Crews fighting a wildfire in southeast Washington are working to prevent flames from reaching a watershed that provides drinking water for the city of Walla Walla.

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WALLA WALLA, Wash. (AP) — Crews fighting a wildfire in southeast Washington that has destroyed one home and threatens dozens others are working to prevent flames from reaching a watershed that provides drinking water for the city of Walla Walla.

Firefighters are removing fuels and securing lines to prevent it from reaching the boundary of the Mill Creek Watershed, fire spokeswoman Amber Mahoney said Thursday.

“We’re doing a lot of fuel reduction work to prevent the fire from jumping that line,” she said. The fire has not burned into the watershed.

The Blue Creek fire has scorched nearly 9 square miles of grass, shrubs and timber about 10 miles east of Walla Walla, a city of 60,000 people. It was about 5 percent contained as of Thursday morning, and an estimated 1,000 firefighters were tackling the blaze in steep, challenging terrain.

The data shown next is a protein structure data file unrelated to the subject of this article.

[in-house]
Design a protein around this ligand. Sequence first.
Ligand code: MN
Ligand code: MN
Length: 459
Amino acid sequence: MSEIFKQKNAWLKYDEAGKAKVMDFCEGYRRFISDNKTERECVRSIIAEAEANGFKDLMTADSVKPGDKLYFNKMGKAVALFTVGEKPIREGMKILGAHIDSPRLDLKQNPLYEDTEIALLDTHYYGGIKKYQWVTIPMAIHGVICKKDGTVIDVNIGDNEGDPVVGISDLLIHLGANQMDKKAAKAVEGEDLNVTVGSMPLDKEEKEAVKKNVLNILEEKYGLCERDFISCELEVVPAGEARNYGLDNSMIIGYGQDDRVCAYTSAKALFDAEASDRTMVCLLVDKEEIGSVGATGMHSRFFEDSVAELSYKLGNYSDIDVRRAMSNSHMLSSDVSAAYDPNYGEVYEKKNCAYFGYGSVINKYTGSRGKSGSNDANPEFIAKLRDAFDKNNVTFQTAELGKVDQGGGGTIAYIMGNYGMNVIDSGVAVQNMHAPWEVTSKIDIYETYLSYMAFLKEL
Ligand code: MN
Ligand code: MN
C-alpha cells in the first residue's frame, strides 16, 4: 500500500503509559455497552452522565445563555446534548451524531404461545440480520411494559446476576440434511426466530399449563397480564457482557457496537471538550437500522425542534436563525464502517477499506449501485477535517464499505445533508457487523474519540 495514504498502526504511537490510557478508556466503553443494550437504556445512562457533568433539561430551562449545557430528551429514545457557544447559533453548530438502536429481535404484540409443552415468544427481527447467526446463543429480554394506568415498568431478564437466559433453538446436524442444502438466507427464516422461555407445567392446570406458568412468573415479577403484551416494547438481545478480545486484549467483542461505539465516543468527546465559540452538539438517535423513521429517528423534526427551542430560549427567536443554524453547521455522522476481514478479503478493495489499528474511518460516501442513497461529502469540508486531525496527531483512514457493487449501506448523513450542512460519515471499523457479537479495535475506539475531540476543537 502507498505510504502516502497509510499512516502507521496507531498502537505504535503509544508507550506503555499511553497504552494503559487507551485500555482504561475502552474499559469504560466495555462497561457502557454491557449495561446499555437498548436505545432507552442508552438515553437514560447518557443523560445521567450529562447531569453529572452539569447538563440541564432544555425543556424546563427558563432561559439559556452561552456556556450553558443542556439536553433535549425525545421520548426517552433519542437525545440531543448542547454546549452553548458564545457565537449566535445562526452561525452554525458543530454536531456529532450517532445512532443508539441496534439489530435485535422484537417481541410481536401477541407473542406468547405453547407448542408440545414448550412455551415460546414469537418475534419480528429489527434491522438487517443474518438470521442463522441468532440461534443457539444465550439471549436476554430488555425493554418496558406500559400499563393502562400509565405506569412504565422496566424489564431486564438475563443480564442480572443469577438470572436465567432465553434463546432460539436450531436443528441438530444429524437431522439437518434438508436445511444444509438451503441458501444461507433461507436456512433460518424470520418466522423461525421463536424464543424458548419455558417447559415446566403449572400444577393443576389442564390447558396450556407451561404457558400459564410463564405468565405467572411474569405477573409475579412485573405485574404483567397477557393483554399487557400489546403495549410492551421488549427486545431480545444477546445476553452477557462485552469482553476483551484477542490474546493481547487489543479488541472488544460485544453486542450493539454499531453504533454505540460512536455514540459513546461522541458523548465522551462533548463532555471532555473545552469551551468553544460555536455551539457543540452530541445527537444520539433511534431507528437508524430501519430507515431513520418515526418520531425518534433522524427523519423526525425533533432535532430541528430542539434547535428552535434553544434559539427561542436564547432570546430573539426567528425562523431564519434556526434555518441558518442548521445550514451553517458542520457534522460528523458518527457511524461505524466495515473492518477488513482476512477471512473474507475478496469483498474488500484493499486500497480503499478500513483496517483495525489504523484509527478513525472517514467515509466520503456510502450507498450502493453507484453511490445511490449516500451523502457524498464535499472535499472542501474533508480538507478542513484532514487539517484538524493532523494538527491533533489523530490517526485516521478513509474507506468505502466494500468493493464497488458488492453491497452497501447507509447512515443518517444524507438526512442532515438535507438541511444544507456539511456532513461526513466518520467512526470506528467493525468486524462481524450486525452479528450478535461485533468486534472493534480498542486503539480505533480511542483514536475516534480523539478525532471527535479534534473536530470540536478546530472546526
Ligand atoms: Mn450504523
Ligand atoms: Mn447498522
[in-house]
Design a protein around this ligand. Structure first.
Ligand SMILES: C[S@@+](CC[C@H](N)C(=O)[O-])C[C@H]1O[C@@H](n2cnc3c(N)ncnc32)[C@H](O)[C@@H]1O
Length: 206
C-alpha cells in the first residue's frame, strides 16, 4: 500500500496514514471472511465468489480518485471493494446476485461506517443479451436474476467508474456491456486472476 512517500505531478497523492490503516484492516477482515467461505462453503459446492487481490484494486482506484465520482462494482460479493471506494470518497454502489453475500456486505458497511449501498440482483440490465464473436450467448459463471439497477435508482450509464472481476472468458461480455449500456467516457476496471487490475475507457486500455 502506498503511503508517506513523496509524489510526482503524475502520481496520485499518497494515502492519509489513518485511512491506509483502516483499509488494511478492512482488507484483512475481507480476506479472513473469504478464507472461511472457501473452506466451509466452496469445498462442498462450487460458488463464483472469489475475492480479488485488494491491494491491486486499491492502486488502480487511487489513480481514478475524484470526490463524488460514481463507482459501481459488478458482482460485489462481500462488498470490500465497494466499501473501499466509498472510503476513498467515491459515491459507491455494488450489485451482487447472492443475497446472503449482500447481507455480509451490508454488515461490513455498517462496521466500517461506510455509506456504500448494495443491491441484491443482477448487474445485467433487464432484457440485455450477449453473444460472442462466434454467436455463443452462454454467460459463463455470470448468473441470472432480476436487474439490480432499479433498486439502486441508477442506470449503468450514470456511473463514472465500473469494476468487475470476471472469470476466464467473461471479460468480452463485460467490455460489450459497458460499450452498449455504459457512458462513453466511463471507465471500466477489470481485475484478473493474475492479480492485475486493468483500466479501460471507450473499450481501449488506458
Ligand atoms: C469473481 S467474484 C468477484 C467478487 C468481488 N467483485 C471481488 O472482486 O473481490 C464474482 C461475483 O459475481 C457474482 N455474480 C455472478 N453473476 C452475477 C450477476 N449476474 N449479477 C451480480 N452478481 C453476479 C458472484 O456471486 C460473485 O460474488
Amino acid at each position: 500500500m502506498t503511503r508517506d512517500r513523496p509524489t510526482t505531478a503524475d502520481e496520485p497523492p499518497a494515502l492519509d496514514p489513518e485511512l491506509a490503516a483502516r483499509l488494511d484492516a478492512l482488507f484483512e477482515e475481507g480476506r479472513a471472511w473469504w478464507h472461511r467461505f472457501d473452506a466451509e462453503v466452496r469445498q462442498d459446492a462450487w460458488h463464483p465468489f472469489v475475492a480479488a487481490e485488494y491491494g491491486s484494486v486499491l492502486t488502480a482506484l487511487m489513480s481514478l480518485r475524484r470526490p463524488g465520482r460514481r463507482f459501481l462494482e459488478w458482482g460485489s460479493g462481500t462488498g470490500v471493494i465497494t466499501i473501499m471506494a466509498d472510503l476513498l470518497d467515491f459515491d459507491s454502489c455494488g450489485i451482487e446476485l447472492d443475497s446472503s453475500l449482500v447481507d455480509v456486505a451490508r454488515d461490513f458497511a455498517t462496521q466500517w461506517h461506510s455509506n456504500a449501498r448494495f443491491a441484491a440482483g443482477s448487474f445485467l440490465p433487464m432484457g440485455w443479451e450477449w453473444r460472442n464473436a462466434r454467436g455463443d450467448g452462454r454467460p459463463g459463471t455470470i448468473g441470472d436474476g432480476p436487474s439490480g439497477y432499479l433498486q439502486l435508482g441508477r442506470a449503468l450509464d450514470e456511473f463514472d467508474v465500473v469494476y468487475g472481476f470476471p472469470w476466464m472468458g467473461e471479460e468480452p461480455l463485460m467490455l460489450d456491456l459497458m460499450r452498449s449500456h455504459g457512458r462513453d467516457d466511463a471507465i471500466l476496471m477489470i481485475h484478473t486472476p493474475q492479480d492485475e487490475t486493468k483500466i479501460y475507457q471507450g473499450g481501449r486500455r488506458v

Mahoney said evacuation orders are in effect for two rural areas. Several dozen homes are threatened as the wildfire burns in grass, shrubs and timber on state-protected private land. Sections of forest roads in the Umatilla National Forest have been closed.

About 200 people attended a community meeting Wednesday night, Mahoney said.

The fire started Monday was likely human-caused though it’s still under investigation.

The city of Walla Walla has been sampling and testing its ground water wells so they could be used in case the fire does reach the watershed and those wells are needed, said Mori Struve, the city’s public works operations manager.

The city is also working with the help of others to create a defensible space around where freshwater from Mill Creek gets pumped into the city’s water system.

“Right now, the fire is not in the watershed. We’re in close contact with the incident command team. Presently we’re just taking their lead,” Struve said.